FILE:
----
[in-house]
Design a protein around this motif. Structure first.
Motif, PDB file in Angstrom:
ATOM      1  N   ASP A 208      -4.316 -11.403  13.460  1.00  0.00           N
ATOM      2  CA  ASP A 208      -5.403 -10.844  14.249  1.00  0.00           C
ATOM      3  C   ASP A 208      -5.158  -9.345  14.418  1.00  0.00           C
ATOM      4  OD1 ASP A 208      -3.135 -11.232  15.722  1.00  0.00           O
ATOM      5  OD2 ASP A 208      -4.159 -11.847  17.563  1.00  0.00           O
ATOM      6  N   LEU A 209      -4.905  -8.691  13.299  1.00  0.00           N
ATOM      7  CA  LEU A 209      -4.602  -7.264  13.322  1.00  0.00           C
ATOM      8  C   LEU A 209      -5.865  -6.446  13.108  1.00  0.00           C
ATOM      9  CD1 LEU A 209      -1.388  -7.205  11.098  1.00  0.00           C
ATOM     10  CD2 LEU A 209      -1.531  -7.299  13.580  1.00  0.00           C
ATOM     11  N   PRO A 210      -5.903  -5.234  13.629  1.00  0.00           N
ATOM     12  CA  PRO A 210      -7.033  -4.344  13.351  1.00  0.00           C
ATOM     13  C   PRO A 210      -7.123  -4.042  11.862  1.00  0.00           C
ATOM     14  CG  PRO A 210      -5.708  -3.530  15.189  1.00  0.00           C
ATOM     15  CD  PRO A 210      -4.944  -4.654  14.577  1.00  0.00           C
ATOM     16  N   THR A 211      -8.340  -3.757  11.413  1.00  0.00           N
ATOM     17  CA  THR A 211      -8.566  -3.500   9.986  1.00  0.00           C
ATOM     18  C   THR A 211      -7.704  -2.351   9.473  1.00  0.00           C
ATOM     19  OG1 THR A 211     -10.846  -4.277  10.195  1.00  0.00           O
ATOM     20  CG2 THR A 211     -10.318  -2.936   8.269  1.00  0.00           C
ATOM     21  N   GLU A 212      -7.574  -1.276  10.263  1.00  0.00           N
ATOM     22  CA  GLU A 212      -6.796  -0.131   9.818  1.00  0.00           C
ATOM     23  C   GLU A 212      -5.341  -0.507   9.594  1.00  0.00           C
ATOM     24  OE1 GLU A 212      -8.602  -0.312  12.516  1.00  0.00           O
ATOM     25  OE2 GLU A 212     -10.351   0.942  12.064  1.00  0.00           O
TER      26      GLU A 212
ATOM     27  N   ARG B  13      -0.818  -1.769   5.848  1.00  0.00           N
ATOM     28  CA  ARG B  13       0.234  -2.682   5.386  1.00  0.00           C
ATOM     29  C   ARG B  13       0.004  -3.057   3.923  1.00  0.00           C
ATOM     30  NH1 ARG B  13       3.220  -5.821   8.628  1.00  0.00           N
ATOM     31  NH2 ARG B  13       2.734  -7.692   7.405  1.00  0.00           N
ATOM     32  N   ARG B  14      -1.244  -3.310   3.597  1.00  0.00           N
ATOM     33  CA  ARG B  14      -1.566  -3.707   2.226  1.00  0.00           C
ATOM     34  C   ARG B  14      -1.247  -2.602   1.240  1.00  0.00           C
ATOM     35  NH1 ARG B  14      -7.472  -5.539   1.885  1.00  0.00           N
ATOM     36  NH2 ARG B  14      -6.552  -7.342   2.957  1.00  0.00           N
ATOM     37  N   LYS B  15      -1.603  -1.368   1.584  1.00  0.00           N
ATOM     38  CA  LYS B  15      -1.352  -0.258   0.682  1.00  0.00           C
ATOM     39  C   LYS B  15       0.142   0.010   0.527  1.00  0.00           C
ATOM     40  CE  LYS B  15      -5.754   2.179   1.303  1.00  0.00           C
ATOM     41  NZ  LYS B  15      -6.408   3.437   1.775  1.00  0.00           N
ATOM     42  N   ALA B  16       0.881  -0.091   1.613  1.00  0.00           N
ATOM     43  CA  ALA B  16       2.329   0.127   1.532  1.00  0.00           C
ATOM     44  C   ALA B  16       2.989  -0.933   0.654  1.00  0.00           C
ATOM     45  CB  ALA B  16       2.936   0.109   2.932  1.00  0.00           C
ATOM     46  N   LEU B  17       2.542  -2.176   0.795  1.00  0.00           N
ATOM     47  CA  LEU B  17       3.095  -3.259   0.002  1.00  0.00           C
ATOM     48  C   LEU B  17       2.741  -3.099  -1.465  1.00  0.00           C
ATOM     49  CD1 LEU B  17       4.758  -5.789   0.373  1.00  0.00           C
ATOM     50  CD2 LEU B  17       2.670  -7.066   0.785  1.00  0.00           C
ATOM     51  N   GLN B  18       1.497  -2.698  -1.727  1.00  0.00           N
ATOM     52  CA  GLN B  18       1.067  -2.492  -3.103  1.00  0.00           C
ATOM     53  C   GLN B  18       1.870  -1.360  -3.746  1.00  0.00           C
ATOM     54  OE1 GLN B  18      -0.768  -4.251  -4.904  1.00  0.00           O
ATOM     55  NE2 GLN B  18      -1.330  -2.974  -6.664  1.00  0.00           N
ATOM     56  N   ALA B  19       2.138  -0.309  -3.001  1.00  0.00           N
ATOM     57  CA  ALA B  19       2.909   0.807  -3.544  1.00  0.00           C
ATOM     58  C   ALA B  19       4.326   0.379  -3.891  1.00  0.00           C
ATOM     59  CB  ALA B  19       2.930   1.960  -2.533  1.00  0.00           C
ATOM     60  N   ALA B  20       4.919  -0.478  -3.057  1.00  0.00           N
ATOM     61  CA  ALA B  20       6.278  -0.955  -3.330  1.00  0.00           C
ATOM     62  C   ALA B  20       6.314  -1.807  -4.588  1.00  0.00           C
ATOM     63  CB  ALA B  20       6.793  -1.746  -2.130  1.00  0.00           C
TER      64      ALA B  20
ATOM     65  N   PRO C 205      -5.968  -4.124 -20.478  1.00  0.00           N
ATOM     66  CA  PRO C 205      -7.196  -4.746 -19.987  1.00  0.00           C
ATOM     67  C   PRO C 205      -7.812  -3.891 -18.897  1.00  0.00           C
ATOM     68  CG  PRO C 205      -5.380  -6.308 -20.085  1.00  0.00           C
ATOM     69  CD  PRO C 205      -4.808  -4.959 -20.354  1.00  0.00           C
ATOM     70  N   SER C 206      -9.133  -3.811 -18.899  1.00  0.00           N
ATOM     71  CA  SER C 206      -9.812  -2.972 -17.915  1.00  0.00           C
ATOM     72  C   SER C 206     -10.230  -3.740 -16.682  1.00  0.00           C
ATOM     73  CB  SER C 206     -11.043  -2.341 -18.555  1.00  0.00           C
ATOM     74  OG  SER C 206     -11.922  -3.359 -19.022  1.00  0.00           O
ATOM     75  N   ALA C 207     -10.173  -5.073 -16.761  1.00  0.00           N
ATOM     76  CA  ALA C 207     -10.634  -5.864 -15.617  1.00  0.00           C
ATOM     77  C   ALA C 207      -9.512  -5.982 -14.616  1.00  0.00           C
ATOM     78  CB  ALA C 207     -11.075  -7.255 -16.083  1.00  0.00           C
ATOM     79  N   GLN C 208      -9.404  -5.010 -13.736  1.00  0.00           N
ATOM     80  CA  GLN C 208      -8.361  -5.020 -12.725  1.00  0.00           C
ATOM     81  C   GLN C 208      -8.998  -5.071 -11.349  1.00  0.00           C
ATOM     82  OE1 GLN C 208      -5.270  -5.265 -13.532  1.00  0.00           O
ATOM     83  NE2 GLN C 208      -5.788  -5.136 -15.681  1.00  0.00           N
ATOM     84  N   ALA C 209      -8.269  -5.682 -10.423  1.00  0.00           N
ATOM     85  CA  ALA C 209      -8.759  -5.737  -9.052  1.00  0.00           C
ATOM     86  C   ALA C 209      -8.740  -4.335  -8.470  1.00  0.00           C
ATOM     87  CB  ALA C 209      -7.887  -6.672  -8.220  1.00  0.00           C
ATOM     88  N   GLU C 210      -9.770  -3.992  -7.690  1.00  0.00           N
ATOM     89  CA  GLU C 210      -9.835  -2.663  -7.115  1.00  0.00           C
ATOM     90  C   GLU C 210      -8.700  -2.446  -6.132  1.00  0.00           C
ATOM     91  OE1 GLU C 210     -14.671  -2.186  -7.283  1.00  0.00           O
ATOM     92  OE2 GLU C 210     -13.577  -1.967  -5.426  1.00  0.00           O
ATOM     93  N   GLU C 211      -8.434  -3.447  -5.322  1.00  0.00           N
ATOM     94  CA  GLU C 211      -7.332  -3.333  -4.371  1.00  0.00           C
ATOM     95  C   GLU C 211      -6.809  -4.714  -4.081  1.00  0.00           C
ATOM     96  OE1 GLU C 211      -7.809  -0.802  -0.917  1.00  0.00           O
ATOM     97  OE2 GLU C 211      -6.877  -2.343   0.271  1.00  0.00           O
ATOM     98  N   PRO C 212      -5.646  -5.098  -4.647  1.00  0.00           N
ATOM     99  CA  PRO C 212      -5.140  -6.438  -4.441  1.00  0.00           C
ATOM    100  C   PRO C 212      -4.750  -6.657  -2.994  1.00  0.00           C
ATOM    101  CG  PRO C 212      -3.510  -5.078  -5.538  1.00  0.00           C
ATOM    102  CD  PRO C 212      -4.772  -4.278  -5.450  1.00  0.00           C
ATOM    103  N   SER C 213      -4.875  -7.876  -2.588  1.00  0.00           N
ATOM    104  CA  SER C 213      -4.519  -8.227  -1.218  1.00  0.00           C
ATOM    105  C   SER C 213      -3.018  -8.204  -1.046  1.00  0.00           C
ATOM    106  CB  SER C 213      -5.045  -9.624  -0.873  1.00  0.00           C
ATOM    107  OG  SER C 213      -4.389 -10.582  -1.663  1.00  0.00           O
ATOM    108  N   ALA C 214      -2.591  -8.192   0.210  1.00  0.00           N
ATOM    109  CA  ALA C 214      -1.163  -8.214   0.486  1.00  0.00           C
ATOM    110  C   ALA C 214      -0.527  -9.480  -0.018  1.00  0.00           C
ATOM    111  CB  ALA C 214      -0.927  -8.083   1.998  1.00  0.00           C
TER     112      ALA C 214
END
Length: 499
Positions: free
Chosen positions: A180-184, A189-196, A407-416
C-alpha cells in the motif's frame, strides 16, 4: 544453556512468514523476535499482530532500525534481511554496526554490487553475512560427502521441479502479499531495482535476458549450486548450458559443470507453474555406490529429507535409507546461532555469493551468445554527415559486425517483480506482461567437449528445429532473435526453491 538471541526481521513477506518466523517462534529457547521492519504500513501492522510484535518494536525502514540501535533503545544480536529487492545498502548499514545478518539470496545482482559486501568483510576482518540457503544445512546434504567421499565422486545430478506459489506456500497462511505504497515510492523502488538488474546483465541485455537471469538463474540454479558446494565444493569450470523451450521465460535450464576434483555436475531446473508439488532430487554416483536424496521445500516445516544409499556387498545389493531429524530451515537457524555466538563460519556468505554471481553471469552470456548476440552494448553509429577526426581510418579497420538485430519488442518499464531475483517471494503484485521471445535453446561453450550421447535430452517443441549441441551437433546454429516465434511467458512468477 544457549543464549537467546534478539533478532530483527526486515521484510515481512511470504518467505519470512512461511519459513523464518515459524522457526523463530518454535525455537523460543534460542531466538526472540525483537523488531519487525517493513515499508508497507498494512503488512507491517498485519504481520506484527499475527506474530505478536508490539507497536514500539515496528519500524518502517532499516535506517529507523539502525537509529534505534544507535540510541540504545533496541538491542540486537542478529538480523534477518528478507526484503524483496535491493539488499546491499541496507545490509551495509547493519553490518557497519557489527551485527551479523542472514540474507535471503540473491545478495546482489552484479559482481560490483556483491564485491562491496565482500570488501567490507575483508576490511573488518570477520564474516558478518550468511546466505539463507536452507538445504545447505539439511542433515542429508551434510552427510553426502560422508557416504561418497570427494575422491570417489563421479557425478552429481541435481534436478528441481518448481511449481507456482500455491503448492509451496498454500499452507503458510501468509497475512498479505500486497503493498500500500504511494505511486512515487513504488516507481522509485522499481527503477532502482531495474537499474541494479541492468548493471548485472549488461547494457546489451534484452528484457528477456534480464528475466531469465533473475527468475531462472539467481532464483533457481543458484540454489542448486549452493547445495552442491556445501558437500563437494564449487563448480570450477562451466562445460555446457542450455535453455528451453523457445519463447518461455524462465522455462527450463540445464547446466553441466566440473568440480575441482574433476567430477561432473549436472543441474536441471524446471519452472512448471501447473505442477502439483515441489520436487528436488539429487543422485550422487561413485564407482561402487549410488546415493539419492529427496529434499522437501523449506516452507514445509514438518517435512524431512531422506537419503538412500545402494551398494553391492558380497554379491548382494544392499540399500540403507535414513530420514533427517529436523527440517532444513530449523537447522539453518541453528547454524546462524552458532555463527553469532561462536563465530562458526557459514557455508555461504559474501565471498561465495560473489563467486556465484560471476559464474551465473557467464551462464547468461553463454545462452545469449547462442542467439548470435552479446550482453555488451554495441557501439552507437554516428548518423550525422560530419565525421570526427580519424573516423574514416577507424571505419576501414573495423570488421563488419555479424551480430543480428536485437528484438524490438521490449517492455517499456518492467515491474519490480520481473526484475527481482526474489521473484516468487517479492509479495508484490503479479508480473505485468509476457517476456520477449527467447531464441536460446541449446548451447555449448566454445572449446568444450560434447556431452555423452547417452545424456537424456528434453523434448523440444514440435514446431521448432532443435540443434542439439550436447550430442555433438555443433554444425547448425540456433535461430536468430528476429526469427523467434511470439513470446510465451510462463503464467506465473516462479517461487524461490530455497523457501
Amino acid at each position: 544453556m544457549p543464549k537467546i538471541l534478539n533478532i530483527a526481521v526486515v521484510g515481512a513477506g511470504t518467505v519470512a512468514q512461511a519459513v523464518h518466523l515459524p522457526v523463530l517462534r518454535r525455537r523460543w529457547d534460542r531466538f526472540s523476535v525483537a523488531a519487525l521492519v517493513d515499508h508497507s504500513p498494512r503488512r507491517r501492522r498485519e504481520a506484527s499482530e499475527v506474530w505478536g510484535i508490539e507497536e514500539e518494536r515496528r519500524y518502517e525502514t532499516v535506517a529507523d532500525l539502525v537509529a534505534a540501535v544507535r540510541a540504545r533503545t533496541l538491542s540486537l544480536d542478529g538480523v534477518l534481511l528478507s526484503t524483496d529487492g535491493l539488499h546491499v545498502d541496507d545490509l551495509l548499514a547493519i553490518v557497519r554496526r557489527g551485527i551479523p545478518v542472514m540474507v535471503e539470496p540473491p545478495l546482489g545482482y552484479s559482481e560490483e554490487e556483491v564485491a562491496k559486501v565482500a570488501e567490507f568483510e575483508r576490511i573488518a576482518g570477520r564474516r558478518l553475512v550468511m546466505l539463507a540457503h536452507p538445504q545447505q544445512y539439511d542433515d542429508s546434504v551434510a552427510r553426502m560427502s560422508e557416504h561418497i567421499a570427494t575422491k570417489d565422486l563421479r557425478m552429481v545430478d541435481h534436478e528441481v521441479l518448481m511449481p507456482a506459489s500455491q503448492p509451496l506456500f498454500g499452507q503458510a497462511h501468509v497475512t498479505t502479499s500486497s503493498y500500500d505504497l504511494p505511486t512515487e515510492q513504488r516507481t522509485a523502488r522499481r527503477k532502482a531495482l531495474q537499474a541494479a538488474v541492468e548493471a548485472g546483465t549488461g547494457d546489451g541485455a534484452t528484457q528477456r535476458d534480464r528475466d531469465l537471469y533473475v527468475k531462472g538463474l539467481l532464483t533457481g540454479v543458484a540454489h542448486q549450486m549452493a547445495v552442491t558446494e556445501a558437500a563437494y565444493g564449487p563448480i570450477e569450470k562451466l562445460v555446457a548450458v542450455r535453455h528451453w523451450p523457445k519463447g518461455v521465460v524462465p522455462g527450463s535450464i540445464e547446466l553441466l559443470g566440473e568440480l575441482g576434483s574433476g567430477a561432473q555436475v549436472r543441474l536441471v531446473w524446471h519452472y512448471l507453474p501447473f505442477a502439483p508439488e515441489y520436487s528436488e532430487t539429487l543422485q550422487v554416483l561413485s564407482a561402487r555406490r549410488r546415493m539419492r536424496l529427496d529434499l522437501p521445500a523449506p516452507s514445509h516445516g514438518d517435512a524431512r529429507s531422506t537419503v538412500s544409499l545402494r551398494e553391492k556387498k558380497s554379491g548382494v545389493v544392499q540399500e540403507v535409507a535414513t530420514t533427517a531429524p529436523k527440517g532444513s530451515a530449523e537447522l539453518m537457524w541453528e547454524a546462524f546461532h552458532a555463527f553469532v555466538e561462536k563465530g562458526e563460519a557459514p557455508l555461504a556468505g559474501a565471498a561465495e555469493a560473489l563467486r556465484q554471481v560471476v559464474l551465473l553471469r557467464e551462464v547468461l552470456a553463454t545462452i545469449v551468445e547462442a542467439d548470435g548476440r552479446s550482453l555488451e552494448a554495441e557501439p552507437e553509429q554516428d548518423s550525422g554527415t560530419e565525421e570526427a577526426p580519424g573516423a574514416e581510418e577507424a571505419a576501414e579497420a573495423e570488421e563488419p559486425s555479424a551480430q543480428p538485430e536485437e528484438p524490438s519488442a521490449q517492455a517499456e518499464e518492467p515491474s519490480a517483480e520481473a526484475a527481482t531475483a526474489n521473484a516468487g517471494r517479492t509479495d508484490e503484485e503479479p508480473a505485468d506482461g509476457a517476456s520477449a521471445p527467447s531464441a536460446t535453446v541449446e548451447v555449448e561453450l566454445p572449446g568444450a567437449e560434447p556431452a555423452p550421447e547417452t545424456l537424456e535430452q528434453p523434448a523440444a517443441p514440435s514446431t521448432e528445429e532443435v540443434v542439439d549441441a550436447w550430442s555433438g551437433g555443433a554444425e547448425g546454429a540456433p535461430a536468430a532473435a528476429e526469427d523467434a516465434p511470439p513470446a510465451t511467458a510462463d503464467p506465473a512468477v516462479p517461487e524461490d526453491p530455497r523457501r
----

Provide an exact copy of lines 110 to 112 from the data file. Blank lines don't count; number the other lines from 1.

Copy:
ATOM    107  OG  SER C 213      -4.389 -10.582  -1.663  1.00  0.00           O
ATOM    108  N   ALA C 214      -2.591  -8.192   0.210  1.00  0.00           N
ATOM    109  CA  ALA C 214      -1.163  -8.214   0.486  1.00  0.00           C